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Sustainable development (1987-2005): an oxymoron comes of age


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  • Michael Redclift

    (King's College, University of London, UK)

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    The paper examines the conceptual history of 'sustainable development', from the Brundtland Commission's definition in 1987 to the present day. It argues that the superficial consensus that has characterized much of the early debate has given way to a series of parallel but distinct discourses around sustainability. The underlying assumptions behind much of the discussion are assessed, as is the move, after the first Earth Summit (1992), to focus on rights, rather than needs, as the principal line of enquiry. This analytical attention to rights is linked to the neo-liberal economic agendas of the 1990s, and the growth of interest in congruent areas, including human security and the environment, social capital, critical natural capital and intellectual property rights. The paper argues that increasing attention to questions of biology and science studies has strengthened this 'rights-based' approach, as well as interest in the linkages between 'natural' and 'human' systems, including attention to questions of environmental justice. It is clear that issues of global environmental justice are as important as they were when the concept of 'sustainable development' was in its infancy, but the new material realities of science and the environment in the 21st century demand a re-engagement with their social consequences, something which is largely ignored by the (market) liberal consensus. Copyright © 2005 John Wiley & Sons, Ltd and ERP Environment.

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    Article provided by John Wiley & Sons, Ltd. in its journal Sustainable Development.

    Volume (Year): 13 (2005)
    Issue (Month): 4 ()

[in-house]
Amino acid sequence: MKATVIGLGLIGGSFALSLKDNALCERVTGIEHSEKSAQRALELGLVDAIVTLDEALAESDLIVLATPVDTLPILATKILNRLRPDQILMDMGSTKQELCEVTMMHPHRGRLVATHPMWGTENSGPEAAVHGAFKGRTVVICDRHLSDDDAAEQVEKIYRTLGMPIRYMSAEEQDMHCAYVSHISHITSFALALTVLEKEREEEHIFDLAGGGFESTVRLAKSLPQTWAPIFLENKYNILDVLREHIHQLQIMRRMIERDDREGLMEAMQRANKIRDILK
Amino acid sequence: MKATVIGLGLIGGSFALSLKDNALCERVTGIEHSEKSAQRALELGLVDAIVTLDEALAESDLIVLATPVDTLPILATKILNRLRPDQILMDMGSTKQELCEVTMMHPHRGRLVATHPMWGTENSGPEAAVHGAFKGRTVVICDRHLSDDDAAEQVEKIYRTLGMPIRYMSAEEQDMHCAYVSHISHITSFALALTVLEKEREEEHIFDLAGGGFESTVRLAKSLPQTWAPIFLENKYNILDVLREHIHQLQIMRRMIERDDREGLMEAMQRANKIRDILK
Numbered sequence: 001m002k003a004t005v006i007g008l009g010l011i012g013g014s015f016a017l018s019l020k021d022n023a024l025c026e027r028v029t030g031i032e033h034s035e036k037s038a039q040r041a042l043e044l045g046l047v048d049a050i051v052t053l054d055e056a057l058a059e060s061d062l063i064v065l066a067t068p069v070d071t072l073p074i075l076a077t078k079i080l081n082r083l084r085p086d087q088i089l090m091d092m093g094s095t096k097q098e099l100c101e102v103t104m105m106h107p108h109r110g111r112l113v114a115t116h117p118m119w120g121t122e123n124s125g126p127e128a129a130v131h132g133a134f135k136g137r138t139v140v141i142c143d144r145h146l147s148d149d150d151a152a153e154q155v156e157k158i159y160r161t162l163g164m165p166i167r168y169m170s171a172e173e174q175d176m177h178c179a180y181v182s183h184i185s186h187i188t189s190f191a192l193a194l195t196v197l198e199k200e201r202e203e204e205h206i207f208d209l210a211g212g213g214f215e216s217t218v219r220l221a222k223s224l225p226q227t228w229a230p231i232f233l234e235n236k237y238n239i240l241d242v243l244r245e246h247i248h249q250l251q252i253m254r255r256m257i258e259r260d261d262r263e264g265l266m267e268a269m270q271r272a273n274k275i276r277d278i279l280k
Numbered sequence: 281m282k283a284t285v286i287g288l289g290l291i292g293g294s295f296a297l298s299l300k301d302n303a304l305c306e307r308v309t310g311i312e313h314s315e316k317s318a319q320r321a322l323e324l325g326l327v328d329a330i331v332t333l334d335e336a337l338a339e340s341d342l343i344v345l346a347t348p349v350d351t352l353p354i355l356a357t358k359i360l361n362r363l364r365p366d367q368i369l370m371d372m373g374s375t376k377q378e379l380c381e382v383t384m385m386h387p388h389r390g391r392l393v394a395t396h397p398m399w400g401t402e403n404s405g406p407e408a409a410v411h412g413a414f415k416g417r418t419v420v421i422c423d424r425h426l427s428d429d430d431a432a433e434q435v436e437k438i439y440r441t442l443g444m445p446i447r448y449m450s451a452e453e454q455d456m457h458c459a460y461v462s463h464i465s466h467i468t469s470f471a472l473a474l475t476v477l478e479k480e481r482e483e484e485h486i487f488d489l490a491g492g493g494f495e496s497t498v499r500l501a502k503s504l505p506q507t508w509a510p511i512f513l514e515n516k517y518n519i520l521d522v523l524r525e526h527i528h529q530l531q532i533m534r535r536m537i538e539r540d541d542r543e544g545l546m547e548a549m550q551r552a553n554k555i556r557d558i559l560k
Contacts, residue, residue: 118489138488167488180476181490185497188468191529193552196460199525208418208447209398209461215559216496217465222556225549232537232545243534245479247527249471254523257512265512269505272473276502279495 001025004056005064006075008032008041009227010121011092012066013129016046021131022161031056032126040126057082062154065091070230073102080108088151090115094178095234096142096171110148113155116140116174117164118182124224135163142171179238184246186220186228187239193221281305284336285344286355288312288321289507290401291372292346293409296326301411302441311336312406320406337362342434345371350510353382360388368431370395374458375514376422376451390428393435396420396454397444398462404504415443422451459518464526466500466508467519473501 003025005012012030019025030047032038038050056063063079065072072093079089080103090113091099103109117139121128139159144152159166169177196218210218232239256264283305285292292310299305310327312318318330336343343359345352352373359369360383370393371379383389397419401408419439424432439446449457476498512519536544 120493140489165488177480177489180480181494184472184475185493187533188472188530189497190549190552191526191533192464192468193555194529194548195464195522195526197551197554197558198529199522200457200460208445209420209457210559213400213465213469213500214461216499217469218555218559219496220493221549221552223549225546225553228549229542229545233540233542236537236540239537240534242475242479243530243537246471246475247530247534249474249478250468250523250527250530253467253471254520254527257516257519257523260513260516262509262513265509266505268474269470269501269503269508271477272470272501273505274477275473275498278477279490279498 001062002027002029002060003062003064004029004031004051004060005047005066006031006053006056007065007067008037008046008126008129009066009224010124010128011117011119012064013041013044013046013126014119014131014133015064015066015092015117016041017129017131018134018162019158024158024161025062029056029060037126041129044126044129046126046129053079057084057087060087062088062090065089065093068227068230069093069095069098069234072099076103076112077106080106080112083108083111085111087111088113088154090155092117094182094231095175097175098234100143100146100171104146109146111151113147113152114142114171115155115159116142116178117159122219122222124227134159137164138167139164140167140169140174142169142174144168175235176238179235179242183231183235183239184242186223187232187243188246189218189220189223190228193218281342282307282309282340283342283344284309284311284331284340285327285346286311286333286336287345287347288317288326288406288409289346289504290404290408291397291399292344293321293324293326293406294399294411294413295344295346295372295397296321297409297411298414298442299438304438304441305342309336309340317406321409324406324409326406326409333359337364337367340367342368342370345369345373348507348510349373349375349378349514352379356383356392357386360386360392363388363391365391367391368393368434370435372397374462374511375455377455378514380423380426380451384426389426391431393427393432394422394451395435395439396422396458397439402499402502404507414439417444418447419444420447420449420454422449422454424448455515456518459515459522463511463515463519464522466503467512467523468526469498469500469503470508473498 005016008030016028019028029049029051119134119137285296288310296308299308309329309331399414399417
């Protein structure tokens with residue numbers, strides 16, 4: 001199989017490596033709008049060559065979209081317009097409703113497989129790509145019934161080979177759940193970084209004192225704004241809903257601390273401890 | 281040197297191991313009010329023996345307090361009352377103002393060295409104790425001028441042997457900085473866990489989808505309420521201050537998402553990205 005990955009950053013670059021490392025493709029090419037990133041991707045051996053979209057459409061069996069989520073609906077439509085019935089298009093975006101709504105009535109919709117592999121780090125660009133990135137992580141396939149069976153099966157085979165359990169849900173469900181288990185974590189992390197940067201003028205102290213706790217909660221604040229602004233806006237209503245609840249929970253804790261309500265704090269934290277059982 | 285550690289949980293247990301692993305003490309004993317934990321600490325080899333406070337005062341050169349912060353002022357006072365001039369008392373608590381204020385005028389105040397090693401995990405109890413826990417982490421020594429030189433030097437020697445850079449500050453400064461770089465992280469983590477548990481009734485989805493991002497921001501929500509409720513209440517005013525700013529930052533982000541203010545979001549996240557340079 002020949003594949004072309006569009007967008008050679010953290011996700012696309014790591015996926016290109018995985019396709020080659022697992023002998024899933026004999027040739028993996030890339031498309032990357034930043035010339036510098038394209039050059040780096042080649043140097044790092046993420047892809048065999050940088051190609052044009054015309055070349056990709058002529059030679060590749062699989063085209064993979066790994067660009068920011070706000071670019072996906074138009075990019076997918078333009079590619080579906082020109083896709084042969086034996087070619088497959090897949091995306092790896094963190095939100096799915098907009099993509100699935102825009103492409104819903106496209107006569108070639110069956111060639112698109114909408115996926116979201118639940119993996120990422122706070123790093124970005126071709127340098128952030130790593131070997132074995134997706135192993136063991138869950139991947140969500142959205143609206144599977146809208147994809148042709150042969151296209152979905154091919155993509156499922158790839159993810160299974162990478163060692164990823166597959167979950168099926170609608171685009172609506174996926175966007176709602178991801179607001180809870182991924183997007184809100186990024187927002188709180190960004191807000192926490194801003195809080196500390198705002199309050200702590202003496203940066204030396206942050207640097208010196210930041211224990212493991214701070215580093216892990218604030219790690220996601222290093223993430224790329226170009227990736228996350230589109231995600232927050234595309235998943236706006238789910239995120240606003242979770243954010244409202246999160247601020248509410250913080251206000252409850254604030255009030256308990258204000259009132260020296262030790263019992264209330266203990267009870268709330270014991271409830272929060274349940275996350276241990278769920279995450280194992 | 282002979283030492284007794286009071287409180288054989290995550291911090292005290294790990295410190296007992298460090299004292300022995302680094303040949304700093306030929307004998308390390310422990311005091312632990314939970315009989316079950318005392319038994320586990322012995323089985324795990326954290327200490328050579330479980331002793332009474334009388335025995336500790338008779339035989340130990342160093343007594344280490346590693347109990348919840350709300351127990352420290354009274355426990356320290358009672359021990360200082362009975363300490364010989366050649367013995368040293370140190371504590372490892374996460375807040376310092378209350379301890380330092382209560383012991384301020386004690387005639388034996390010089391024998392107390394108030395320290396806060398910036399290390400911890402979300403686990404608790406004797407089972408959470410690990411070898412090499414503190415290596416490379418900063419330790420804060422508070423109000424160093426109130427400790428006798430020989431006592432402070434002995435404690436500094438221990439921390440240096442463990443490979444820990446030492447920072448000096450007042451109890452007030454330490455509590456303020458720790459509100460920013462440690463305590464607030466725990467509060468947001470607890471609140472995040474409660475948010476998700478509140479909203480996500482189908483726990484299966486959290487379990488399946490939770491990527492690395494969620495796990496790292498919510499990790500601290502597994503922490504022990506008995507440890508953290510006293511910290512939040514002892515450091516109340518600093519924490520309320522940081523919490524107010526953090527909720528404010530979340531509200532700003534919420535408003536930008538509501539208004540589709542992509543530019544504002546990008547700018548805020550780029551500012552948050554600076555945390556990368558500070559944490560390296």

Pages: 212-227

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    Handle: RePEc:wly:sustdv:v:13:y:2005:i:4:p:212-227

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    1. Oluf Langhelle, 2000. "Sustainable Development and Social Justice: Expanding the Rawlsian Framework of Global Justice," Environmental Values, White Horse Press, White Horse Press, vol. 9(3), pages 295-323, August.
    2. Wilfred Beckerman, 1994. "'Sustainable Development': Is it a Useful Concept?," Environmental Values, White Horse Press, White Horse Press, vol. 3(3), pages 191-209, August.
    3. Ekins, Paul, 2003. "Identifying critical natural capital: Conclusions about critical natural capital," Ecological Economics, Elsevier, Elsevier, vol. 44(2-3), pages 277-292, March.
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    Cited by:
    1. Ezebilo, Eugene E. & Mattsson, Leif, 2010. "Socio-economic benefits of protected areas as perceived by local people around Cross River National Park, Nigeria," Forest Policy and Economics, Elsevier, Elsevier, vol. 12(3), pages 189-193, March.
    2. Philip Walsh, 2011. "Creating a “values” chain for sustainable development in developing nations: where Maslow meets Porter," Environment, Development and Sustainability, Springer, Springer, vol. 13(4), pages 789-805, August.
    3. Bev Wilson & Arnab Chakraborty, 2013. "The Environmental Impacts of Sprawl: Emergent Themes from the Past Decade of Planning Research," Sustainability, MDPI, Open Access Journal, vol. 5(8), pages 3302-3327, August.
    4. Razvan V. Mustata & Carmen Giorgiana Bonaci & Cristina Hintea & Bogdana Neamtu, 2013. "Business Education For Sustainable Development: The Case of Romanian Universities," The AMFITEATRU ECONOMIC journal, Academy of Economic Studies - Bucharest, Romania, Academy of Economic Studies - Bucharest, Romania, vol. 15(Special 7), pages 802-818, November.
    5. Denise Baden & Ian Harwood, 2013. "Terminology Matters: A Critical Exploration of Corporate Social Responsibility Terms," Journal of Business Ethics, Springer, Springer, vol. 116(3), pages 615-627, September.
    6. Emmanuel Kumi & Albert Arhin & Thomas Yeboah, 2014. "Can post-2015 sustainable development goals survive neoliberalism? A critical examination of the sustainable development–neoliberalism nexus in developing countries," Environment, Development and Sustainability, Springer, Springer, vol. 16(3), pages 539-554, June.


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